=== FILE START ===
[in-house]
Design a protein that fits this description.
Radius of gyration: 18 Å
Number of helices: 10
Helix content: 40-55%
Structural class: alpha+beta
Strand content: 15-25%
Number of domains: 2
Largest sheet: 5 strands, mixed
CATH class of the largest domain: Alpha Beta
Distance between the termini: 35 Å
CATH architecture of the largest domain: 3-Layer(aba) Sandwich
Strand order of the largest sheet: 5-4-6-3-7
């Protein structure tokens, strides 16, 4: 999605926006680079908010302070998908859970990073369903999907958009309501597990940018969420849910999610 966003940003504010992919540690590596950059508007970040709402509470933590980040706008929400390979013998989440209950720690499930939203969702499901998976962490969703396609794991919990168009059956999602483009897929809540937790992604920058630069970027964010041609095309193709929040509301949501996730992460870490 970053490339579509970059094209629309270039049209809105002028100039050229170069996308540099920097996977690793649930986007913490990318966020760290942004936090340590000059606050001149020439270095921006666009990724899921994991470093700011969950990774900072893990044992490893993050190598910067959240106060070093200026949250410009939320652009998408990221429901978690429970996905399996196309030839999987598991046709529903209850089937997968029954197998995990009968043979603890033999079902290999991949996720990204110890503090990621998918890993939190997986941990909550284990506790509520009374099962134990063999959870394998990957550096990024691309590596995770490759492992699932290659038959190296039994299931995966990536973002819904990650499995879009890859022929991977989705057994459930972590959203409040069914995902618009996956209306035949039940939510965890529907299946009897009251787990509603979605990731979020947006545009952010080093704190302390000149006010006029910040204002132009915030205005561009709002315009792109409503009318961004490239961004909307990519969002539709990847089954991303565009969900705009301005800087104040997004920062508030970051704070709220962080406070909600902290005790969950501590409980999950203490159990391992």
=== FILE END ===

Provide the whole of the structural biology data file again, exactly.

[in-house]
Design a protein that fits this description.
Radius of gyration: 18 Å
Number of helices: 10
Helix content: 40-55%
Structural class: alpha+beta
Strand content: 15-25%
Number of domains: 2
Largest sheet: 5 strands, mixed
CATH class of the largest domain: Alpha Beta
Distance between the termini: 35 Å
CATH architecture of the largest domain: 3-Layer(aba) Sandwich
Strand order of the largest sheet: 5-4-6-3-7
């Protein structure tokens, strides 16, 4: 999605926006680079908010302070998908859970990073369903999907958009309501597990940018969420849910999610 966003940003504010992919540690590596950059508007970040709402509470933590980040706008929400390979013998989440209950720690499930939203969702499901998976962490969703396609794991919990168009059956999602483009897929809540937790992604920058630069970027964010041609095309193709929040509301949501996730992460870490 970053490339579509970059094209629309270039049209809105002028100039050229170069996308540099920097996977690793649930986007913490990318966020760290942004936090340590000059606050001149020439270095921006666009990724899921994991470093700011969950990774900072893990044992490893993050190598910067959240106060070093200026949250410009939320652009998408990221429901978690429970996905399996196309030839999987598991046709529903209850089937997968029954197998995990009968043979603890033999079902290999991949996720990204110890503090990621998918890993939190997986941990909550284990506790509520009374099962134990063999959870394998990957550096990024691309590596995770490759492992699932290659038959190296039994299931995966990536973002819904990650499995879009890859022929991977989705057994459930972590959203409040069914995902618009996956209306035949039940939510965890529907299946009897009251787990509603979605990731979020947006545009952010080093704190302390000149006010006029910040204002132009915030205005561009709002315009792109409503009318961004490239961004909307990519969002539709990847089954991303565009969900705009301005800087104040997004920062508030970051704070709220962080406070909600902290005790969950501590409980999950203490159990391992």